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Dr. Kara
Dr. Kara, Board Certified Veterinarian
Category: Vet
Satisfied Customers: 15950
Experience:  Over 20 years of experience as a veterinarian.
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I hit my dog earlier with the ball throw stick unfortunately

Resolved Question:

I hit my dog earlier with the ball throw stick unfortunately harder then I wanted as he was aggressive towards another dog. He dropped to the ground crying and started trying to paw his face. He seems very dopey now and his left eye doesn't look right. It's not as open as the other and doesn't respond as well as the other. My dad says I'm being paranoid? Should I try and find an emergency vet or wait til the morning.
Submitted: 2 years ago.
Category: Vet
Expert:  Dr. Kara replied 2 years ago.
Hello, my name is***** and I have over 20 years of experience as a veterinarian. I'd like to help with your concerns about Cai's eye.
Because we know that he had trauma to that eye, he is holding it differently, and is obviously uncomfortable I think seeking emergency care for him tonight is best.
I suspect his lethargy is pain related.
We do not want him to rub that eye and you shouldn't either. If he is rubbing it then he should have an elizabethan (lampshade) collar put on him so that he cannot reach his eye.
With blunt trauma it is likely he has a corneal ulcer (scrape to the clear outer part of the eye) which is very painful and if it is deep enough the eye can rupture. Secondary infection is a real possibility because he was hit with something. Dogs with a corneal ulcer will often squint, try to rub the eye either with a paw or against something, behave in a lethargic manner, and avoid bright light.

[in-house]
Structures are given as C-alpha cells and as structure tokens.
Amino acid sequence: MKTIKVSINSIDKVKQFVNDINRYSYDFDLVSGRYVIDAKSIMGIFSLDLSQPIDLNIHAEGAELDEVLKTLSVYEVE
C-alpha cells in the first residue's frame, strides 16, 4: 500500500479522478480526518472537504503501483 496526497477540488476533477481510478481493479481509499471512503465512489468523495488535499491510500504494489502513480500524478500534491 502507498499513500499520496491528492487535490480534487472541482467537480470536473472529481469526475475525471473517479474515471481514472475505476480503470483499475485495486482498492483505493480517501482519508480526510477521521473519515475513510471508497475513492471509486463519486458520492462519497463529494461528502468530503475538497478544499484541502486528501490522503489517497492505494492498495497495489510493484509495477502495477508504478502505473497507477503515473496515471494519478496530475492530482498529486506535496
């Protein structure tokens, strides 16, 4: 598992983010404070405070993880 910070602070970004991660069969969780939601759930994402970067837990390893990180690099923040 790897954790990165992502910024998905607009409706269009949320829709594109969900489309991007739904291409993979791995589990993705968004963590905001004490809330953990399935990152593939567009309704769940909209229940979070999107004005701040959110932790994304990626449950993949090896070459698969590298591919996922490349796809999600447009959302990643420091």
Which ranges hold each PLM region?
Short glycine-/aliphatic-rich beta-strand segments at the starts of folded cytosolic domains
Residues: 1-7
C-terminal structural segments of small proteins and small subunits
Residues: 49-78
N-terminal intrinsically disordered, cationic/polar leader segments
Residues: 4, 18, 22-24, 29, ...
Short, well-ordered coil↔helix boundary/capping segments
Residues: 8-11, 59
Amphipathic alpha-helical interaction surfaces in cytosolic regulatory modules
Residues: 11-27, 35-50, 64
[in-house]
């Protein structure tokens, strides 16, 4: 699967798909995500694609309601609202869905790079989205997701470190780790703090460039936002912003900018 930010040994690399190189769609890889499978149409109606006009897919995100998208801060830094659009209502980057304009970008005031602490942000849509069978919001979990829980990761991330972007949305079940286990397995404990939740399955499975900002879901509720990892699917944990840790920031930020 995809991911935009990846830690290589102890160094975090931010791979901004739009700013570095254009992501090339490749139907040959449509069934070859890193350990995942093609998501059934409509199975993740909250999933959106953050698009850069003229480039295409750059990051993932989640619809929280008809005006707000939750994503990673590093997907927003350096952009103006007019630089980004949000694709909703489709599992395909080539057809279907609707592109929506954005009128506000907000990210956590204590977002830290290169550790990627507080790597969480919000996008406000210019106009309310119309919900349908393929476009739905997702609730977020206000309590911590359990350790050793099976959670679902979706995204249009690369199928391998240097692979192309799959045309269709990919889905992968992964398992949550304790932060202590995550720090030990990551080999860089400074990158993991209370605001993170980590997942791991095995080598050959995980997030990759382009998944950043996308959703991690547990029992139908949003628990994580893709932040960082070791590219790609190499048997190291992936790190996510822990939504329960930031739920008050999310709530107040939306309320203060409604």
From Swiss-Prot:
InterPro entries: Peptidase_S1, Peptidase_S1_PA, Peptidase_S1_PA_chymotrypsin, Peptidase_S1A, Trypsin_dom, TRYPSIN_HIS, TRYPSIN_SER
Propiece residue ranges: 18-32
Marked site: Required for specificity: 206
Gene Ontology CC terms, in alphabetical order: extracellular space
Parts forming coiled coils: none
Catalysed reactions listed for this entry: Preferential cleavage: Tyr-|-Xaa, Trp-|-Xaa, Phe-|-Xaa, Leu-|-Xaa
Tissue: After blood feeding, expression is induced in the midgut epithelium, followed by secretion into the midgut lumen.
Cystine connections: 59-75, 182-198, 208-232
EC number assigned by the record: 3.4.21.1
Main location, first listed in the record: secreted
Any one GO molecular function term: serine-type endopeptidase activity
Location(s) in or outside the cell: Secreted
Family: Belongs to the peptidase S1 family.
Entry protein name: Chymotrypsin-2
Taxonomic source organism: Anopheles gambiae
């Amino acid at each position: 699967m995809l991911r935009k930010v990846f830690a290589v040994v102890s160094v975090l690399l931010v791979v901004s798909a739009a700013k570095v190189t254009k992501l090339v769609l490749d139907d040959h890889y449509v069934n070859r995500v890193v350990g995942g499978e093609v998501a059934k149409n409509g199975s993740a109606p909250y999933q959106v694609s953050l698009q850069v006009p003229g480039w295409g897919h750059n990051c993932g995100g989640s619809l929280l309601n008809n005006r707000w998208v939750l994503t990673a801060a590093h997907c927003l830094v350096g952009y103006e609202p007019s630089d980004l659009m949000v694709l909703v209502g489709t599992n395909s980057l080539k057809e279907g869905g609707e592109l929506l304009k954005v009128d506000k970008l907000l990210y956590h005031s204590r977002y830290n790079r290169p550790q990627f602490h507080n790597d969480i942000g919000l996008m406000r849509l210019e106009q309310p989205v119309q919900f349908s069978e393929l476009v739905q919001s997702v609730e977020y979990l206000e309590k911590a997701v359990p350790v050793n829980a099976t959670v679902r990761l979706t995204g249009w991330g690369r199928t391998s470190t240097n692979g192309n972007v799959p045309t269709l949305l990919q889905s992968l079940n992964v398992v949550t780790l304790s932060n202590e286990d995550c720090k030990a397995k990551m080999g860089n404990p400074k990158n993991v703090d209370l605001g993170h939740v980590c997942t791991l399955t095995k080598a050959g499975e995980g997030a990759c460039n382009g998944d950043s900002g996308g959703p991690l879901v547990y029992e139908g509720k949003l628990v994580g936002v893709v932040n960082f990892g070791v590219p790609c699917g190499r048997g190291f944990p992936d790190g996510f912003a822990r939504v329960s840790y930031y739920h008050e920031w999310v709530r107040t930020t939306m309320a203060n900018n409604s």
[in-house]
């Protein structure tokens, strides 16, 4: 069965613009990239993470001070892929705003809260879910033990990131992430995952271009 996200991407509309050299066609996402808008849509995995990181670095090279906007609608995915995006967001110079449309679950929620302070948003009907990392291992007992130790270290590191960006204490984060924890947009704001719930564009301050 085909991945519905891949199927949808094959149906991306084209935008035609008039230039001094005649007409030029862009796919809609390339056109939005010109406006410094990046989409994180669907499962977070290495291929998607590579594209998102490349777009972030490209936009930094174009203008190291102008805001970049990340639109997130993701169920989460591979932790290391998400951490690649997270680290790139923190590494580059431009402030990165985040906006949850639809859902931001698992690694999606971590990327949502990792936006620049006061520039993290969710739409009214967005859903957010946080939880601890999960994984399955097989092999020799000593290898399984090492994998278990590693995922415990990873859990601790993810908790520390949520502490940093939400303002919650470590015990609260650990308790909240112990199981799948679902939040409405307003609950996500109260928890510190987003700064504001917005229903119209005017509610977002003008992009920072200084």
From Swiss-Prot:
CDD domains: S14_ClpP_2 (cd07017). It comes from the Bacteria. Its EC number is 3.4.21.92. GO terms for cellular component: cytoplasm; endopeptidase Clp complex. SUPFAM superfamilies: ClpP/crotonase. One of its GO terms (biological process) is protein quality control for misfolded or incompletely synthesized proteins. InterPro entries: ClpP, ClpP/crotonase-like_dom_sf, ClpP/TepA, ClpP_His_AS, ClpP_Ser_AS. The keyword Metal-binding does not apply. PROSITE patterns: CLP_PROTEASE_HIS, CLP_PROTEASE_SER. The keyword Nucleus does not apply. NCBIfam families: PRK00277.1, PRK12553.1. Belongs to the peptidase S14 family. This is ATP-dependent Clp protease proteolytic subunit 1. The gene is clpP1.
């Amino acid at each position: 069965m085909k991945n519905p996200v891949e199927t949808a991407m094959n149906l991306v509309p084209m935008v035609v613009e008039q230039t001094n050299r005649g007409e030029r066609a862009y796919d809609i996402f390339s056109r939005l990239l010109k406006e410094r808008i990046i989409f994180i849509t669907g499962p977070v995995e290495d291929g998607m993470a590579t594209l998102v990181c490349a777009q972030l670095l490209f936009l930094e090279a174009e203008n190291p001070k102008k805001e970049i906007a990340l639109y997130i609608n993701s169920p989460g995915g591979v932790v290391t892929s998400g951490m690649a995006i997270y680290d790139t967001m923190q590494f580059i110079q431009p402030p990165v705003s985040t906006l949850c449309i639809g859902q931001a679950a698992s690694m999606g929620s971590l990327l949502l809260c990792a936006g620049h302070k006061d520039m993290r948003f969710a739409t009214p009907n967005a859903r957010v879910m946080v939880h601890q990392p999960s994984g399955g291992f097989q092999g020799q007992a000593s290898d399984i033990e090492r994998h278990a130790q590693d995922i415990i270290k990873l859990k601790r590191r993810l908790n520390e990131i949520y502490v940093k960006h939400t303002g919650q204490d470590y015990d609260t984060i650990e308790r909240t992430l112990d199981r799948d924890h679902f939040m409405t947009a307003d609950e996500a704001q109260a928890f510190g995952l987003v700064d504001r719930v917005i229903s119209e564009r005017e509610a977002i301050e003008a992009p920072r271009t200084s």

If that is the extent of his injuries it should heal with time, antibiotic eye drops and pain medication and anti-inflammatories.
But blunt trauma can also cause a luxated lens (the part of the eye in the center of the dark/black pupil that focuses light on his retina) or a detached retina. Both of those should be dealt with promptly to avoid permanent loss of vision or secondary glaucoma (increased pressure in the eye) from developing.
I know that you didn't mean to hurt Cai, and that you are feeling bad, but the best thing to be done now is get him treated appropriately. You would feel much worse if he does have a serious injury and you didn't have him seen tonight.
Please let me know if you have any further questions.
Dr. Kara, Board Certified Veterinarian
Category: Vet
Satisfied Customers: 15950
Experience: Over 20 years of experience as a veterinarian.
Dr. Kara and 4 other Vet Specialists are ready to help you
Customer: replied 2 years ago.
He isn't rubbing it and he seems ok. Dad says nothing is wrong with him. But the corner of his eye doesn't seem to retract like it should and seems a bit bloodshot. Bit like when their sleeping and the eyes shut. He's being very loveable and does seems to want to put that side of his head into me.
Expert:  Dr. Kara replied 2 years ago.
Thanks for the further information.
I suspect what you are seeing is a raised third eyelid. That comes up as a protective measure in cases of eye trauma or irritation. Here is a link to a picture of a pup with a raised third eyelid:
http://www.dobermantalk.com/attachments/puppy-corner/35842d1369235108-red-third-eye-lid-7month-puppy-help-image.jpg
It's bloodshot due to trauma, either the surface is rubbed a bit or he has a little bleeding/bruising from being hit.
Although he isn't rubbing his eye he is wanting you to put pressure on it, thus his putting that side of his head into you, which means it is uncomfortable.
I've had a corneal ulcer and I can tell you that they hurt, and it feels better when you put pressure on it (as it covers the nerve endings otherwise exposed), but the more it is rubbed the more the cornea is traumatized.
He knows that you are upset, and he is responding to that and trying to behave as normal as possible.
Customer: replied 2 years ago.
Thank you. Yes that's what his eye looks
Like. I appreciate your help
Expert:  Dr. Kara replied 2 years ago.
You are very welcome. My best to you and your fellow, Dr. Kara.

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